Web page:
Papua New Guinea Mine Sparks Human Rights Concerns
This story reflects so many of the fights that we now see from activists, indigenous people, and environmentalists over things like the Pebble Mine and our old friend, the Keystone XL pipeline.
Sometimes, a story just grabs you and won’t let go. A few days ago, when I was cruising the ‘Toobz for what was new on both the Pebble Mine projectin Alaska and the proposed copper mine in the Boundary Waters area of northern Minnesota, both of which are truly terrible ideas that threaten, in order, the world’s greatest salmon run and some of the most pristine wilderness in the Lower 48, I came upon this story in The Guardian that demonstrates even more clearly than those two imminent fiascos what happens when the extraction industry gets its way. I am now fascinated by it.
In an extraordinary intervention, 10 UN special rapporteurs have written with “serious concerns” to the governments of Papua New Guinea, Australia, China, and Canada, as well as the Chinese state-owned developers of the gold, copper and silver mine proposed for the remote Frieda river in the country’s north. The UN’s special rapporteur on toxic wastes, Baskut Tuncak – who has since retired from that role – and nine other senior UN officials, jointly signed letters in July “to express our serious concern regarding the potential and actual threats to life, health, bodily integrity, water [and] food”.
The letters ask for governments and the company, PanAust, to respond to key questions including an alleged “lack of information for free, prior and informed consent of the indigenous people” to the mine proceeding. The mine, if approved and built, would be the largest in PNG’s history, and one of the largest in the world, covering 16,000 hectares. To be built on the Frieda river, a tributary to the Sepik in the north of New Guinea island, it is forecast to yield gold, silver and copper worth an estimated US$1.5bn a year for more than 30 years.
This is a massive project. It piqued my interest for a number of reasons, not the least of which is the fact that the daughter of a very good friend, and her husband, and their children, live in PNG. But it also felt to me like it reflected so many of the fights that we now see from activists, indigenous people, and environmentalists over things like the Pebble Mine and our old friend, the Keystone XL pipeline, the continent-spanning death funnel and Republican fetish object, except on a spectacularly grand scale. Multinational corporation sees land it wants and jumps in with both feet, intimidating the local government and bulldozing the people who live there.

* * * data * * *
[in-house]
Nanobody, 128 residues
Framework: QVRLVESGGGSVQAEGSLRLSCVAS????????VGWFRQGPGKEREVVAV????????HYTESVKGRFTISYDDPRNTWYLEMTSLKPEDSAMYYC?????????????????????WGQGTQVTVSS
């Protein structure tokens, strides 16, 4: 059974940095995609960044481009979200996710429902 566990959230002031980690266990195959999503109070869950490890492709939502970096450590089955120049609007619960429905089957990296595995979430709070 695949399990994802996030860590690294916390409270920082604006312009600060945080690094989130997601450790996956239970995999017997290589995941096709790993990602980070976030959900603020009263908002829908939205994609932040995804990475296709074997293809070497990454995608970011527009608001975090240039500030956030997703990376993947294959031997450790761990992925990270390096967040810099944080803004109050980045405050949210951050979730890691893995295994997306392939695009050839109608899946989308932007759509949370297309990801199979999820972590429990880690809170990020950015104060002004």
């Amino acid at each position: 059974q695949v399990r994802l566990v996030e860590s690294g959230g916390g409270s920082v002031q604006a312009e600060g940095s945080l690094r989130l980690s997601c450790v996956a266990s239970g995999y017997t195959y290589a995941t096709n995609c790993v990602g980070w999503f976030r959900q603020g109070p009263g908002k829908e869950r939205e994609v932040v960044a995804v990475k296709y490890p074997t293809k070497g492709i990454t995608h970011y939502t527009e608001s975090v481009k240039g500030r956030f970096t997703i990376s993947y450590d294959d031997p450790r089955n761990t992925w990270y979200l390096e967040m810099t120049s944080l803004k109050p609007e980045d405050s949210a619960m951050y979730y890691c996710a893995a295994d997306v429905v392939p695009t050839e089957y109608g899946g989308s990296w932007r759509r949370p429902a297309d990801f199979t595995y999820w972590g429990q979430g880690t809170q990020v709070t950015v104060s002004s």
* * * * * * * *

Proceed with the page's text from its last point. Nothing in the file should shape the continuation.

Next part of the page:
The UN rapporteurs argue “the project and its implementation so far appears to disregard the human rights of those affected”. There is particular concern a proposed dam to store up to 1,500 Mt of the mine’s tailings could break, destroying villages downriver. “We remain concerned that critical information about the tailings dam, including the dam break analysis have been made neither publicly available nor available to affected community members and human rights defenders who requested it,” Tuncak wrote…
In June, chiefs from 28 haus tambarans – “spirit houses” – representing 78,000 people living along the Sepik, formally declared they wanted the mine halted. University student, Vernon Gawi, said: “I grew up with the river, drank it, ate fish and sago from it and it’s brought me to where I am now. I am worried about my future generations, and if the mine were to go ahead, what will they have left?”
Until that question is answered, I’m keeping an eye on this story.